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Theses Doctoral

Diminishing Returns: An Anthropological Study of Iraqis in the UK

Saleh, Zainab

This dissertation is an ethnographic study of the Iraqi diasporic community in the UK. It is based on two years of fieldwork research I conducted there between 2006-2008. I approach the formation of the diasporic community in light of utopian visions of a past colored by colonial struggle and high national aspirations, and in light of subsequent political developments that resulted in oppression, exile, and even occupation after 2003. I read the displacement of Iraqis as an example of the failure of the postcolonial state, represented by the emergence of the Baath regime in the 1960s and Saddam Hussein's rise to power in 1979. Throughout, I examine the heightened salience of sectarianism among Iraqis in exile and in Iraq since the 1990s. Instead of understanding sectarianism as a return to traditional loyalties, I argue that it is deeply linked to the issue of power and identity politics, which the Iraqi opposition to Saddam Hussein's regime in the UK employed while in exile and institutionalized after the fall of the regime in 2003 with the support of the US Administration. This dissertation is, also, an ethnographic study of Iraq, and aims to make up for the dearth in anthropological studies on Iraq during the last four decades. In addition to questions related to exile and life in the UK, I seek to tease out accounts about Iraq, and about life in Iraq under Saddam Hussein's regime. The great majority of Iraqis fled Iraq because of Saddam Hussein's brutal oppression, and they all had family members who were killed, tortured or disappeared. With their hopes of return to Iraq shattered after the 2003 US occupation, these Iraqis have been reliving these tragedies every single day in the UK. This is the reality that travels with, and defines, them. Through the use of life history methodologies with Iraqi exiles from different socioeconomic backgrounds, I document the different social and political scenes prior to and after the late 1970s; the persecution suffered under Saddam Hussein's regime since the late 1970s; the journey to and life in exile in London; relationships among members of the diasporic Iraqi community therein; and the ways in which those in exile reconfigure the past in relation to the present developments.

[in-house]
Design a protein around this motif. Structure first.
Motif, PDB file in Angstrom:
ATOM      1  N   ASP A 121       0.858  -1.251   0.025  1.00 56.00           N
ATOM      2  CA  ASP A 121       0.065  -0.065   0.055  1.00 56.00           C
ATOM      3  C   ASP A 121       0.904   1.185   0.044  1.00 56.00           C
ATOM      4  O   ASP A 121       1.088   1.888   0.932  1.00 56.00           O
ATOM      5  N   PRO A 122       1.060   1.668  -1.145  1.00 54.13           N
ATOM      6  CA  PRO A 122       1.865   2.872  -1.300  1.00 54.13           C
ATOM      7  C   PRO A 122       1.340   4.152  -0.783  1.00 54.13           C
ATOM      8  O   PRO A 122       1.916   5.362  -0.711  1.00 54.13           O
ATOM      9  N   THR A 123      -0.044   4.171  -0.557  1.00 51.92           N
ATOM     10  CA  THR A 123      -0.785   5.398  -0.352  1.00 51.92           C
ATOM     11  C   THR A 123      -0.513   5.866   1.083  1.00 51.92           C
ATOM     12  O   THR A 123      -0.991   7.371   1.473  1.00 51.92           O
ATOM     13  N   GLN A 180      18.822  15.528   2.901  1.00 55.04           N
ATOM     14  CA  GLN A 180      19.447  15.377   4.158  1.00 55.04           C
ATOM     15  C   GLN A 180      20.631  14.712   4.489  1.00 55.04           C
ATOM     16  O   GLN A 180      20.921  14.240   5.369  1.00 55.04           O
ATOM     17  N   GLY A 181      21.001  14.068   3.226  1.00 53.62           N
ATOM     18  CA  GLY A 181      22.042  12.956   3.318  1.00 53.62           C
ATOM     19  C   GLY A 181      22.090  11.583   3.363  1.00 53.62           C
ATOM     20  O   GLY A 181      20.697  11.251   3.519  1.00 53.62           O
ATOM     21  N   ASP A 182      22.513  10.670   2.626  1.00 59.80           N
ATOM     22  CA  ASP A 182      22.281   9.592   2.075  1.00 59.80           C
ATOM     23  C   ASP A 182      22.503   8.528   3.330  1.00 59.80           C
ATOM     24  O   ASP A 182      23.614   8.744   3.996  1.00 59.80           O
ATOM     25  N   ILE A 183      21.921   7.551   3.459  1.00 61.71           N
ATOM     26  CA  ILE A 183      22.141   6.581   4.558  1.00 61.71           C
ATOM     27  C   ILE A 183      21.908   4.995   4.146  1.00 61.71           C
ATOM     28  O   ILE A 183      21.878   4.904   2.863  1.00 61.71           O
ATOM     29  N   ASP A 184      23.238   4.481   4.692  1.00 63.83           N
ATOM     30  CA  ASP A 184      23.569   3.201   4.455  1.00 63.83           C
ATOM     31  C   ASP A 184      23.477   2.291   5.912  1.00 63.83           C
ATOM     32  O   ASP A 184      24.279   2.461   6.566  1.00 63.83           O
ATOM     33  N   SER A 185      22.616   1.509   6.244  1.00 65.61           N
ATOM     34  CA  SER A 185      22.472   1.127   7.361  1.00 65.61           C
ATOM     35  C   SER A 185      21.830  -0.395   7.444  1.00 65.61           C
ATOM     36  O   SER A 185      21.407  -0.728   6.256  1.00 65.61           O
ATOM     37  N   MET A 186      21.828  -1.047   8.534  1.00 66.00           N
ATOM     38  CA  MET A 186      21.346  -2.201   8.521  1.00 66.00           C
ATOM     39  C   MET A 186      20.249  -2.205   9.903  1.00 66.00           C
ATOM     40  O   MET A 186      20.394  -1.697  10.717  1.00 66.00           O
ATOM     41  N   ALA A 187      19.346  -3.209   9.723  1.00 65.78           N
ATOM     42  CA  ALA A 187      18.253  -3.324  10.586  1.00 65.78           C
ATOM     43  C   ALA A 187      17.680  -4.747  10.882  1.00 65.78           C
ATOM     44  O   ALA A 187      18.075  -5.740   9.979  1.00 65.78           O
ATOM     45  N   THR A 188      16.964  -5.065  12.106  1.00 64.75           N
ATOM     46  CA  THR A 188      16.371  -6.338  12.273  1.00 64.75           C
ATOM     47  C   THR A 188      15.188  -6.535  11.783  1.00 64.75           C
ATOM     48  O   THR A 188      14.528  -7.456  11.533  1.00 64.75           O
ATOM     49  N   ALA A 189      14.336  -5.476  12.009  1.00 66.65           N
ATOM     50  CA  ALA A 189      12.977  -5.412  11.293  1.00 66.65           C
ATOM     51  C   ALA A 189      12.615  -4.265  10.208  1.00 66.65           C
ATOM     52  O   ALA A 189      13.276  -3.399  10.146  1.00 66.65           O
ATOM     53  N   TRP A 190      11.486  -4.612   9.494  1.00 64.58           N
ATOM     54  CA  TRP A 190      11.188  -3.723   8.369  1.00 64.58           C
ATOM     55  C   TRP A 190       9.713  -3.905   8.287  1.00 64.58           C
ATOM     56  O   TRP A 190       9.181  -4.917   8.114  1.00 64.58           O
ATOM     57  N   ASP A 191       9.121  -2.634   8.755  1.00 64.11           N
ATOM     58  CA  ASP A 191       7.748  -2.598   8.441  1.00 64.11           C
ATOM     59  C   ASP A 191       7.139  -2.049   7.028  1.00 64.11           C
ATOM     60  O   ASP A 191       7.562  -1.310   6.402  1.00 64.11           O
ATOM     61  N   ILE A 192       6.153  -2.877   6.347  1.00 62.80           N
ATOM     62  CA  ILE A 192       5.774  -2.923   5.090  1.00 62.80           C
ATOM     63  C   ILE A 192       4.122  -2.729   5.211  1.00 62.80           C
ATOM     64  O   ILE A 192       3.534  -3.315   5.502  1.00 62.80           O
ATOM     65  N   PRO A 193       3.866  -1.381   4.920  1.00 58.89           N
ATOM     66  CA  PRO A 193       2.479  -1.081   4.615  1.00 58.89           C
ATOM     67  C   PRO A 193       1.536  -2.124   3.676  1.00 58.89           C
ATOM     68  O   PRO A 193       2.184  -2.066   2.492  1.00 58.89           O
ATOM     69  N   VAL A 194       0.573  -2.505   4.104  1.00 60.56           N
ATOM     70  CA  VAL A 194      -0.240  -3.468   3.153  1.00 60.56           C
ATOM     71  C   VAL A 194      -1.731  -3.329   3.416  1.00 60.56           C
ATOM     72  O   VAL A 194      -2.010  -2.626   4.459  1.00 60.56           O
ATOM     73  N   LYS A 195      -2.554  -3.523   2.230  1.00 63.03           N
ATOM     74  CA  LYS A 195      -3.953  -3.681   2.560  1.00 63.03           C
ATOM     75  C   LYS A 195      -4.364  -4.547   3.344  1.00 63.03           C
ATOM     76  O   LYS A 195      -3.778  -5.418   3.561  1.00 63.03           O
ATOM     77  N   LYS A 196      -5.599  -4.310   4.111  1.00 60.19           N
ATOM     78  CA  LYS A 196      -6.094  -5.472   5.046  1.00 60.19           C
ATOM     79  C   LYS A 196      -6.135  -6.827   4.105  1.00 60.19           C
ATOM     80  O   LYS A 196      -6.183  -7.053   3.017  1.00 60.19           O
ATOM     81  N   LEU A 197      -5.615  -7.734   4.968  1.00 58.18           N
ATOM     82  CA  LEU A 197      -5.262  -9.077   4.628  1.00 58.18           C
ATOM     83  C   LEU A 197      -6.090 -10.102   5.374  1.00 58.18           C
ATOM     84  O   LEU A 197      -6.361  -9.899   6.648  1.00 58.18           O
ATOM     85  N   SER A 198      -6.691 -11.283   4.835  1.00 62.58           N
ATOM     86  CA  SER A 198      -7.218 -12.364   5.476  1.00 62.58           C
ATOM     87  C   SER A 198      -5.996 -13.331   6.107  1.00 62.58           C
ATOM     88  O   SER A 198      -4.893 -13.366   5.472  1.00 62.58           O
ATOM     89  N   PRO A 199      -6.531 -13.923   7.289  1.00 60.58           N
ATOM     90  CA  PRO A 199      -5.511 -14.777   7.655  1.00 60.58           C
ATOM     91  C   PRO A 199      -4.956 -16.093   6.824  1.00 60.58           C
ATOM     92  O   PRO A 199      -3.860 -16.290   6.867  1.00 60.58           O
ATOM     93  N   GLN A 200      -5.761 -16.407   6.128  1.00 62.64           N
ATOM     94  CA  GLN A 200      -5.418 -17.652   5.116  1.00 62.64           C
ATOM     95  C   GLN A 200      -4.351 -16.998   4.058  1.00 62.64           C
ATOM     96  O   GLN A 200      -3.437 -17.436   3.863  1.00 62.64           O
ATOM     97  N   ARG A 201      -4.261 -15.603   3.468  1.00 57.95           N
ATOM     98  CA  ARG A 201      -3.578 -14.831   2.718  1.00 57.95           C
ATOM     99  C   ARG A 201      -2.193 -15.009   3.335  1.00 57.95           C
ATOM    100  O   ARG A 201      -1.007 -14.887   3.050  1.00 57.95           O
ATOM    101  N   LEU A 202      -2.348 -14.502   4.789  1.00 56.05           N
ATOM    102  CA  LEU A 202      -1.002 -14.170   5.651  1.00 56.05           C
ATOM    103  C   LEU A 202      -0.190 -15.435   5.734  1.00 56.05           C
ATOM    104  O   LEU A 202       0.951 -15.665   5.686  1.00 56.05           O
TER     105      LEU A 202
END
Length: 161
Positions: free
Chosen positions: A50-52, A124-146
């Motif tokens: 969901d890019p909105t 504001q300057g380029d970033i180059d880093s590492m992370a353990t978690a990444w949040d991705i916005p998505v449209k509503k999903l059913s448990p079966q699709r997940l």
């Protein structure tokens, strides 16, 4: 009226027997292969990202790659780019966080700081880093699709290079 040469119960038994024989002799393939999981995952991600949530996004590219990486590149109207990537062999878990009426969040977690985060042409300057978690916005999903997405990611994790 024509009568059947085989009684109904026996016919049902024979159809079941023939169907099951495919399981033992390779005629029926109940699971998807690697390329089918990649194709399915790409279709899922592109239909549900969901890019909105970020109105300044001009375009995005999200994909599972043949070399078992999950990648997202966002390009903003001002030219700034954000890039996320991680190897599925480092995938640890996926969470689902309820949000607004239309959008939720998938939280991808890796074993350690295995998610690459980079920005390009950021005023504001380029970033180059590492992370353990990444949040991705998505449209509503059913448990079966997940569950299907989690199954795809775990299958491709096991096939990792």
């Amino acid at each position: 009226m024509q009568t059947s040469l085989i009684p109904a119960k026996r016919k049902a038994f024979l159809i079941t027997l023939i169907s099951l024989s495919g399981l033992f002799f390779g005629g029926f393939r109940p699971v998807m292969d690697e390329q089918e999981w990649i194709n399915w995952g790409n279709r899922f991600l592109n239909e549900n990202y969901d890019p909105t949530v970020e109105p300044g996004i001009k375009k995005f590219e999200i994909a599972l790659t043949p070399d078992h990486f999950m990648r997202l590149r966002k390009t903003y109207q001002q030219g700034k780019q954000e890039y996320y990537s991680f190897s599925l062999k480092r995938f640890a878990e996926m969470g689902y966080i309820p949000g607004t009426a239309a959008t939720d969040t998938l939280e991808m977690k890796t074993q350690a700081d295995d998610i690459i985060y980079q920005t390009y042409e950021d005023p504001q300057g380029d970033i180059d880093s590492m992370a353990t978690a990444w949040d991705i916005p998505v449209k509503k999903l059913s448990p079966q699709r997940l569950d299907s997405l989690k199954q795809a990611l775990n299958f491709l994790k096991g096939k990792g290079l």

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More About This Work

Academic Units
Anthropology
Thesis Advisors
Messick, Brinkley
Degree
Ph.D., Columbia University
Published Here
March 1, 2013
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